Chris Bowen’s so wrong: our listicle shows you why

The Australian

1 February 2019

Judith Sloan, Contributing Economics Editor

I hadn’t heard the term “listicle” until I was reading about the downsizing of digital media outfit Buzzfeed. Evidently it just loves a listicle — an article based entirely on a list. Mind you, the topics of these lists sound pretty childish and fatuous.

So let me put together a serious list based on the serious policy errors Labor’s Treasury spokesman Chris Bowen has made by proposing to cancel cash refunds for excess franking credits.

  • Paying too much attention to advice from the former treasurer and prime minister Paul Keating is a big mistake. Keating’s view of the world is that if he didn’t introduce it, it must be wrong.
  • It was always an oversight that cash refunds for franking credits were not offered to those on low incomes who pay no or little tax.
  • There are plenty of examples of refunds being paid to people and businesses who pay no net tax. After all, close to half the population pay no net tax, yet many of them receive a tax refund after the close of the financial year. Is Bowen going to get rid of this arrangement?
  • And let’s think about trade unions, charities and not-for-profits. They don’t pay any tax but Bowen is proposing that cash refunds for these entities be retained. Some trade unions have net assets of more than $100 million and have substantial stockmarket investments.
  • Why would Bowen think that exempting recipients of the Age Pension who registered before March 28 last year from the cancellation of cash refunds makes any sense? If you have signed up to the Age Pension after this date, it’s just bad luck and you will be treated differently from your mate down the street in the same income and asset position.
  • Bowen is mistaken that this policy hits the rich. The rich, particularly after the government implemented the $1.6m superannuation tax-free cap, will be able to use the tax they pay to claim the franking credits, either in full or part.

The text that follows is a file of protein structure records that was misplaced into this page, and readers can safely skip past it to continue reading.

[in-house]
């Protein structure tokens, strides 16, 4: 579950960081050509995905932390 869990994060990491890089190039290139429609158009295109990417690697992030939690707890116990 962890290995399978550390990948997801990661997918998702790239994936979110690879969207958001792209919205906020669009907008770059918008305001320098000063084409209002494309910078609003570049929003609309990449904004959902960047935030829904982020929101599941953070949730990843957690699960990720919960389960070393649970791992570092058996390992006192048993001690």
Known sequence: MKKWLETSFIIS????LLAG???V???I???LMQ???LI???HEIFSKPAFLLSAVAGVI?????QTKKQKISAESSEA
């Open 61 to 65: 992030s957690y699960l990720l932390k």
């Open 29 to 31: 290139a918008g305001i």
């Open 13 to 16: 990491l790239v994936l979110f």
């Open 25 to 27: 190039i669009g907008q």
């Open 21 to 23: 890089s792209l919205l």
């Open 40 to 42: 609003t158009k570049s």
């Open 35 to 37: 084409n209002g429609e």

• It is those retirees who just miss out on the Age Pension who will be badly hit, because they will simply lose the cash refunds without any compensation. And there are one million of them.
  • Would Bowen tell one of his unionised mates that it’s fine to have their pay cut by $3000 or $5000 or $7000 each year because “the age of entitlement is over”?
  • Older women, many of them widows, will be the worst-affected group.
  • By the way, Bowen should declare that he is not a licensed financial planner when he tells retirees that they have overinvested in franked Australian shares and they should diversify into overseas equities and unfranked Australian shares (many of which don’t pay dividends).
  • Bowen is undermining the case for increasing the superannuation guarantee charge (from 9.5 per cent to 12 per cent) because individuals and couples who save more in superannuation and go over the asset/income thresholds of the Age Pension will actually be worse off.
  • There is no fiscal difference between a government offering tax deductions/rebates and paying cash refunds, and Bowen should know this in terms of the budget bottom line. It would be more honest for him to propose ditching the whole dividend imputation system, if that’s his view.
  • The notion that the elimination of cash refunds will “save” $11.4 billion over the forward estimates should be treated with a grain of salt. Watch retirees rearrange their affairs to qualify for the Age Pension, which will offset the savings.